July 30, 2021 / Esther Choy
Rebecca is the HR Director for a uniforms wholesaler, and she has a frustrating problem. Employee turnover has been steadily increasing, and the resounding feedback from these exiting employees is they feel invisible and inconsequential at the company. Their work feels mundane and meaningless, and they don’t feel like their efforts are recognized. As she recruits new employees, Rebecca finds that the best candidates (among few) seem uninterested and don’t understand what contributions they can make at a faceless corporation that deals in scrubs and embroidered polo shirts. Maybe their industry isn’t the sexiest, but she doesn’t know what she can possibly do about that.
This situation is common across the US right now. According to the National Federation of Independent Business, 46% of small businesses have jobs open they cannot fill, and a whopping 89% of those businesses say they cannot find qualified candidates. Prudential found that among the approximately 1 in 4 American workers seeking to change jobs post-pandemic crisis, 42% graded their employers a “C” or lower for ability to communicate and foster employee connectedness. “Issues of communication and company culture were also top of mind among workers surveyed, and employers that worked to maintain both will find it easier to retain talent, the survey finds.”
Many companies fail to communicate effectively both with their existing employees—fail to inspire, connect, and empower them—and cannot present a compelling story of their organization to attract talented new prospects. These problems are solvable by adopting a business storytelling approach. Here are three key ways business storytelling can help inspire current and prospective employees.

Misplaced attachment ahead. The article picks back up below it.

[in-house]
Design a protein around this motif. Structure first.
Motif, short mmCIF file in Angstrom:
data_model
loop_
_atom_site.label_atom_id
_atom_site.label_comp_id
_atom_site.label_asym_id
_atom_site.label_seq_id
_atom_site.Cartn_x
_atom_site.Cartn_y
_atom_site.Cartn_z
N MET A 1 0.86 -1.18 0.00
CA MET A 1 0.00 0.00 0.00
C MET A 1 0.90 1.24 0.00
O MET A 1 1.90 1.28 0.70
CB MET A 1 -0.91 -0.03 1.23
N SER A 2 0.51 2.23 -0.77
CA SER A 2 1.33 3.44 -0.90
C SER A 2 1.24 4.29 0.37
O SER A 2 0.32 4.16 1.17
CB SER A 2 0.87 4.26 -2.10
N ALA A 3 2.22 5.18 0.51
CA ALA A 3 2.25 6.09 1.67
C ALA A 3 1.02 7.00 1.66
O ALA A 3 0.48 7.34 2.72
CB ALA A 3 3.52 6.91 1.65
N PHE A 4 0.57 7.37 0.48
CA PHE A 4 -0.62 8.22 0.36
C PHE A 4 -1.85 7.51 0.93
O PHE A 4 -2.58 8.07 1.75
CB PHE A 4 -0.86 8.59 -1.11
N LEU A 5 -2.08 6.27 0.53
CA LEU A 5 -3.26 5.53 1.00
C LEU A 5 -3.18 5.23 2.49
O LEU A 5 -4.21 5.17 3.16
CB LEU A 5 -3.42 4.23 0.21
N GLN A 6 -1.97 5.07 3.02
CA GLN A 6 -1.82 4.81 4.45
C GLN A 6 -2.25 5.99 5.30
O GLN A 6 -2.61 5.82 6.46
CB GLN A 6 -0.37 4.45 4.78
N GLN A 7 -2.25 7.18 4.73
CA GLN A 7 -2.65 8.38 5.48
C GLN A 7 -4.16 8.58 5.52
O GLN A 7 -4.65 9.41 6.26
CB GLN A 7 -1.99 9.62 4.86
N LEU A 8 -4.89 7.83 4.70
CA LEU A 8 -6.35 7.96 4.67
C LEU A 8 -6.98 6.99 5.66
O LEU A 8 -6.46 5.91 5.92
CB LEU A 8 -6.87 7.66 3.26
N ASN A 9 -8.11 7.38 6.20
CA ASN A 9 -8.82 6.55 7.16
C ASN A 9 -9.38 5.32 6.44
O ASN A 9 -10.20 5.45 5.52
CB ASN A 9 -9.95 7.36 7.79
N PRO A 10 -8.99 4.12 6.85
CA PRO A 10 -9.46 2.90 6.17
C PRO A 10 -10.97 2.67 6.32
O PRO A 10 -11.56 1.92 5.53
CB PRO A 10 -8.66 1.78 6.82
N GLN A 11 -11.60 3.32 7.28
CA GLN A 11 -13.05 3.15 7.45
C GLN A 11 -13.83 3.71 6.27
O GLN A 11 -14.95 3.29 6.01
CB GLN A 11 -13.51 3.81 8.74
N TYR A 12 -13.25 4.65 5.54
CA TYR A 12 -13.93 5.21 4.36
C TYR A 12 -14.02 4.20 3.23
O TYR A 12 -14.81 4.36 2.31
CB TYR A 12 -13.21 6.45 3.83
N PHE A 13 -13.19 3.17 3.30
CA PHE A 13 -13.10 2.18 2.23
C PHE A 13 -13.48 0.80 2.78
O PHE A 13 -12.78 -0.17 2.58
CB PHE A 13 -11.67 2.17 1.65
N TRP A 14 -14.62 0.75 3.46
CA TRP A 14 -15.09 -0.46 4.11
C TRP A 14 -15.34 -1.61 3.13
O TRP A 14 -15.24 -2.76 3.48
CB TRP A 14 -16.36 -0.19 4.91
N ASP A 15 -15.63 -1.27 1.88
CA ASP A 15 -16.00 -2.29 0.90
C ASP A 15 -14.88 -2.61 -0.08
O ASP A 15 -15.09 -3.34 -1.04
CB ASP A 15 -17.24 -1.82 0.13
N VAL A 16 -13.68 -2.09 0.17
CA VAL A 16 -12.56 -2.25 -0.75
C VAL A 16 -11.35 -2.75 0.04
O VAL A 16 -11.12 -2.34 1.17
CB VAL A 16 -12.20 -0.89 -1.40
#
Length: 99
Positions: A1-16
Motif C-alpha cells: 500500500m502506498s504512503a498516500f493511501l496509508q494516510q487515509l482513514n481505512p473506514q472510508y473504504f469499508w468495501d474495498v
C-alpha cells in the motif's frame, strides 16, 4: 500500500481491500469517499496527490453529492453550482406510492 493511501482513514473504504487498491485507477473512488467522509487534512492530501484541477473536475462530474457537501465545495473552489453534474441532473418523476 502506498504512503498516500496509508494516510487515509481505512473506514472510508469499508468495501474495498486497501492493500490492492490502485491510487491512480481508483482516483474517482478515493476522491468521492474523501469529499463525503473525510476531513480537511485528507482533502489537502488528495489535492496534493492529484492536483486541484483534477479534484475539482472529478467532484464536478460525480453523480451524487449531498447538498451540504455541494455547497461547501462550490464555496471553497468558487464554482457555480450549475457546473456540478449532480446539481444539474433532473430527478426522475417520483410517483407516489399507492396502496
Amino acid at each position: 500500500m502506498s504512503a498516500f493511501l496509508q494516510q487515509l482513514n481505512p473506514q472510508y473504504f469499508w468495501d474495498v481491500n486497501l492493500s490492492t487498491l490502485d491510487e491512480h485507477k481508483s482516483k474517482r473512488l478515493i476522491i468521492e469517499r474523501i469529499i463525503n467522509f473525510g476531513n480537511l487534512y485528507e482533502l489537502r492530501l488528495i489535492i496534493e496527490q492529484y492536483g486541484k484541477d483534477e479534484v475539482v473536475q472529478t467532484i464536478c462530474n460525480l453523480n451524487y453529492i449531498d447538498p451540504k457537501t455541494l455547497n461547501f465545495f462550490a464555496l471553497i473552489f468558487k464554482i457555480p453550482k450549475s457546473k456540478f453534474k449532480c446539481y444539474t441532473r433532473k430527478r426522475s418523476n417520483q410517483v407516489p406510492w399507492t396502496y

1. Create meaning with company history.
The three-generations-old family business focused on personal excellence and pride. The innovative company started in a garage by two high school classmates reunited after ten years. The woman-owned or minority business enterprise founded in the wake of struggles for justice. The company that came back from bankruptcy with a brand new product.
Humans are wired for story and for creating connections among events and people. Consider our fascination with prophecies, coincidences, epics, cycles, and heroes’ journeys. Stories create meaning, and meaning drives buy-in.
What is your company’s story? I have previously outlined different types of story structures that help us connect, from tales of rags to riches to overcoming the monster. Finding the structure that fits your story allows you to draw a clear picture and provoke the emotions that build connection.
Your employees need to know your company’s history to feel a connection to all the work that has been done to get to the present point. It’s also essential to present that history to job candidates who are wondering who you are and why they should choose you.
2. Illuminate purpose in work.